Sex Grooming: We Must Protect The Vulnerable

The focus on race and religion of the perverse criminals detracts from the real issue. Sexual abuse is not an 'Asian issue' or a 'Muslim issue' - when it comes to wider child abuse nearly 90% of those convicted and on the sex offenders register are white men.
Susana Vera / Reuters

The Newcastle grooming case, involving the sexual abuse of more than 20 vulnerable women and girls, has appalled us all. It has clear similarities to grooming cases in Rotherham, Oxford and Rochdale, involving gangs of British Asian men abusing white girls. The perpetrators in Newcastle are from a wider range of backgrounds but we cannot hide from the fact that the perpetrators of these appalling crimes were mostly Muslims. So that means we need to raise this issue and have this conversation within the Muslim community. Everyone in Britain has a responsibility to uphold the law and protect the most vulnerable, and that means British Muslims do too.

That's why I and other Imams, throughout the country, used last week's Friday prayers to, once again, address the gross acts of the offenders.

We need to condemn, unequivocally, the actions of these predators. They may call themselves Muslims but their actions are in opposition to Islam. My faith obliges me and all others to be active in preventing any unacceptable sexual behaviour and abuse of women. If it is cultural prejudices that have led these men to prey on white girls, seeing them as 'fair game', then this needs to be openly addressed.

This needs to be addressed in a way that does not result in "us versus them", Pakistani versus white. The key issue is protecting our young vulnerable girls. The Newcastle grooming case again raises some key questions: how can we better protect young vulnerable women, irrespective of their faith, colour and background and how can we dismantle the systematic models that the perpetrators have developed to exploit or abuse young vulnerable individuals? How can we bring about behavioural change in some men of our country?

There can be no excuse if anyone is aware of people exploiting children and young girls and not reporting the wrongdoers to the authorities. If we see something not right, like older men with young girls buying drinks and gifts, we should not be afraid to report it. It does not mean that people have to become spies and whistle-blowers, rather good neighbours in order to protect their own families and communities.

But that responsibility cannot be limited to a community. It is the duty of every community to do everything they can to prevent abuse of young people. We need to send out a loud and clear message that abuse and abusers will not be tolerated within any of our communities.

The focus on race and religion of the perverse criminals detracts from the real issue. Sexual abuse is not an 'Asian issue' or a 'Muslim issue' - when it comes to wider child abuse nearly 90% of those convicted and on the sex offenders register are white men. Therefore, headlines such as "British Pakistanis are raping white girls" are factually incorrect and demonise a whole community. We must not stigmatise whole communities because of the evil few that we have within them because this will only peddle hatred and division in our society and not deal with the real issue.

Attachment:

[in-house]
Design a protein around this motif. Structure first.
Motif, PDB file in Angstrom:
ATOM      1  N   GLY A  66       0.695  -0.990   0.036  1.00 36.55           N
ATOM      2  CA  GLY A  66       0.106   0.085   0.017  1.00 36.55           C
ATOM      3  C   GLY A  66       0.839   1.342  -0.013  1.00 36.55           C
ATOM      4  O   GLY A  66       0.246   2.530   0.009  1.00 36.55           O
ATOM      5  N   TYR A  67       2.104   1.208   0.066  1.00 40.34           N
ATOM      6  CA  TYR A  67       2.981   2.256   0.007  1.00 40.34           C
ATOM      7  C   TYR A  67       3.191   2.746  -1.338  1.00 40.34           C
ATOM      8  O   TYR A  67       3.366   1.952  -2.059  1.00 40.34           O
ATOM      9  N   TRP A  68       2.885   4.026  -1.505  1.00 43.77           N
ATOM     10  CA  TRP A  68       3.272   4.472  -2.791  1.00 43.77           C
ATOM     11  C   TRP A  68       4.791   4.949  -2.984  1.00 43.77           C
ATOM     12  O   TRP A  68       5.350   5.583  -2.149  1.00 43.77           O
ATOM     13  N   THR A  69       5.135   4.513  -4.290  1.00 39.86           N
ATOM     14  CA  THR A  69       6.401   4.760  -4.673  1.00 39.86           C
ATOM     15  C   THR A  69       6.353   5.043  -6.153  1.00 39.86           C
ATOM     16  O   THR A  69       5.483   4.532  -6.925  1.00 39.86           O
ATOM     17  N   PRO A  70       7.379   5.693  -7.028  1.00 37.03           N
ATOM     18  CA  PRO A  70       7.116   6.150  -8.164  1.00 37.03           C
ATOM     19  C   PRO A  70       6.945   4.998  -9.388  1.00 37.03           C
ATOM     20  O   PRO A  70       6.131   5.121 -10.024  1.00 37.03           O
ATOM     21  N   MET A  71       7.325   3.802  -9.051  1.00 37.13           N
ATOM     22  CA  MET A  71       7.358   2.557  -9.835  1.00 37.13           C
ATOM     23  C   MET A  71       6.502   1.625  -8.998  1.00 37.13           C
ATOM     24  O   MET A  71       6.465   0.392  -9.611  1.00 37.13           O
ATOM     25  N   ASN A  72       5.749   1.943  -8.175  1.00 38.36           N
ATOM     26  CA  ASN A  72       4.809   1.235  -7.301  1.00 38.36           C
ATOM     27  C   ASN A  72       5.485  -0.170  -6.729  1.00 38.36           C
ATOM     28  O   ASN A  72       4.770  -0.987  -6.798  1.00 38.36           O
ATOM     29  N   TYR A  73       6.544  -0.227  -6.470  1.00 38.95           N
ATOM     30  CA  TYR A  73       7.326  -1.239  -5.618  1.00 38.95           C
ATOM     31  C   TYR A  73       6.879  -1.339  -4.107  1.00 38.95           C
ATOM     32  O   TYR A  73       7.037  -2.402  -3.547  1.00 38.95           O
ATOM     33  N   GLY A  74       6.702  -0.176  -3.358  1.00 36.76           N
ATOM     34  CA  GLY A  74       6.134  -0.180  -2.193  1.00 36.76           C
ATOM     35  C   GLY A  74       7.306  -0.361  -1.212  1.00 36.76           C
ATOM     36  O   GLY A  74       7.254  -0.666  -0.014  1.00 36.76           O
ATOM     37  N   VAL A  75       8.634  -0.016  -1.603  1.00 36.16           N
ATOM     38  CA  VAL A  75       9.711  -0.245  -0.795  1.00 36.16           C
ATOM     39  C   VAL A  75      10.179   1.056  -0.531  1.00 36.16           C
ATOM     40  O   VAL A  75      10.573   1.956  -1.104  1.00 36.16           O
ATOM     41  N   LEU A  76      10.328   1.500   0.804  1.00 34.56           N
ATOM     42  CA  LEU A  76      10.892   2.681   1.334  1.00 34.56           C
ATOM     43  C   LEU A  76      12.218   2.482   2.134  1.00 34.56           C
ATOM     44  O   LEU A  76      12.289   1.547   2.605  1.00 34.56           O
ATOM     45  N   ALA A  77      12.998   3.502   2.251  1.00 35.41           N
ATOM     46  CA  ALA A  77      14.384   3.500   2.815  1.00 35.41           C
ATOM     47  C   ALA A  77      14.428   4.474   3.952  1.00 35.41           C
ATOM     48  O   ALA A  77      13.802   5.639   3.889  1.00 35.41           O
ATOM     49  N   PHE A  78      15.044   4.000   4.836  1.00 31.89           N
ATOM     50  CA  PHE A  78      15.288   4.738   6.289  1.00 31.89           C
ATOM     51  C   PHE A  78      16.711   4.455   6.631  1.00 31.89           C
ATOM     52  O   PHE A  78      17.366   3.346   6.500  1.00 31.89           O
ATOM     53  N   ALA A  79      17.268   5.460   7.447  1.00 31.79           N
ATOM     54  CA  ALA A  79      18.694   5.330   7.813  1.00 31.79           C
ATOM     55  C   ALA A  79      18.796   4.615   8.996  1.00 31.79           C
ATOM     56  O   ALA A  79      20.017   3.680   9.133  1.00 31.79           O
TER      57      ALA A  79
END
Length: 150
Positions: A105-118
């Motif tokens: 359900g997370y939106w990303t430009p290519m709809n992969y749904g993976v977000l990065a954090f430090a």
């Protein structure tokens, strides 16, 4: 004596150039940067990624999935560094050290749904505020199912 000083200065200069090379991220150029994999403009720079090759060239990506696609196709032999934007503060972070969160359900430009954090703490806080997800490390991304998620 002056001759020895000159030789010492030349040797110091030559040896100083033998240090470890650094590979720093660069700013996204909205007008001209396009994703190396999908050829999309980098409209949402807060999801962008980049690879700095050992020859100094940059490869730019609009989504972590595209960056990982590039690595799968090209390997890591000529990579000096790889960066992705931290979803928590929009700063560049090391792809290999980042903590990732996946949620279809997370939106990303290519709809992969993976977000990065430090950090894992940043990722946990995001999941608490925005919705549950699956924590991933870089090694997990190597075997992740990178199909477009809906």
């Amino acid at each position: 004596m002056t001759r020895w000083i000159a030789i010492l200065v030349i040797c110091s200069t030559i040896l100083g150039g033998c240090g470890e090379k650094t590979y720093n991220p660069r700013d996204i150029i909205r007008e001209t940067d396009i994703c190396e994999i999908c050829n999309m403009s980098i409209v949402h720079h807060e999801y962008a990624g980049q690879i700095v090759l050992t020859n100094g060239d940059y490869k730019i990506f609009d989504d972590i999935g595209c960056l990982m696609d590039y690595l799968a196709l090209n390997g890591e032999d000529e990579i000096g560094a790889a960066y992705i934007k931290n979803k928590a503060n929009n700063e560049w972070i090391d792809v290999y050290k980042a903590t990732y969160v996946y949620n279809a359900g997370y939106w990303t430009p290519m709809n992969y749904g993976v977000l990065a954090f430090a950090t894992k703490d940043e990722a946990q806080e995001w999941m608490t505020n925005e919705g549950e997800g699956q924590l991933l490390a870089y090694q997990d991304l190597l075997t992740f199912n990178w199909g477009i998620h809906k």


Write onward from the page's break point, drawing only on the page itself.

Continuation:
The coverage of the sex-offenders convictions, and how it has been painted in the media as predominantly an issue of one race or religion detracts from the key issue that the offences are male-led sexual exploitation of vulnerable women.

As a country, we have to ask ourselves how come these men believe that sexual and physical abuse against young girls, passing them around between each other is normal. Attitudes to women and to sex and relationships need to be addressed. We need to bring about behavioural change in our society to protect the vulnerable and challenge misogyny.

As far the Muslim or Pakistani community, we need to acknowledge that Pakistani men are disproportionately involved in grooming gangs and this particular model of abuse. Some of our elders sometimes prefer to blame women - or even evil spirits - rather than accept that these young men can be responsible for such grotesque behaviours. We must accept that these abuses could be happening in our own neighbourhoods and take necessary actions to stop them.

The solution must come from within - our faith and our family traditions provide us with critical tools to eradicate sexual exploitation. We all know that their criminal acts are alien to the religion of Islam and against the cultures of the perpetrators so it's high time we started speaking out against the offenders because they are not acting like "our own". As the Qur'an says: "stand for justice even if it be against yourselves, your parents, your close relatives ... "

It is the duty of everyone to do all they can to prevent abuse. We should be united against sexual exploitation and Muslims, and the Pakistani community must be part of the solution.


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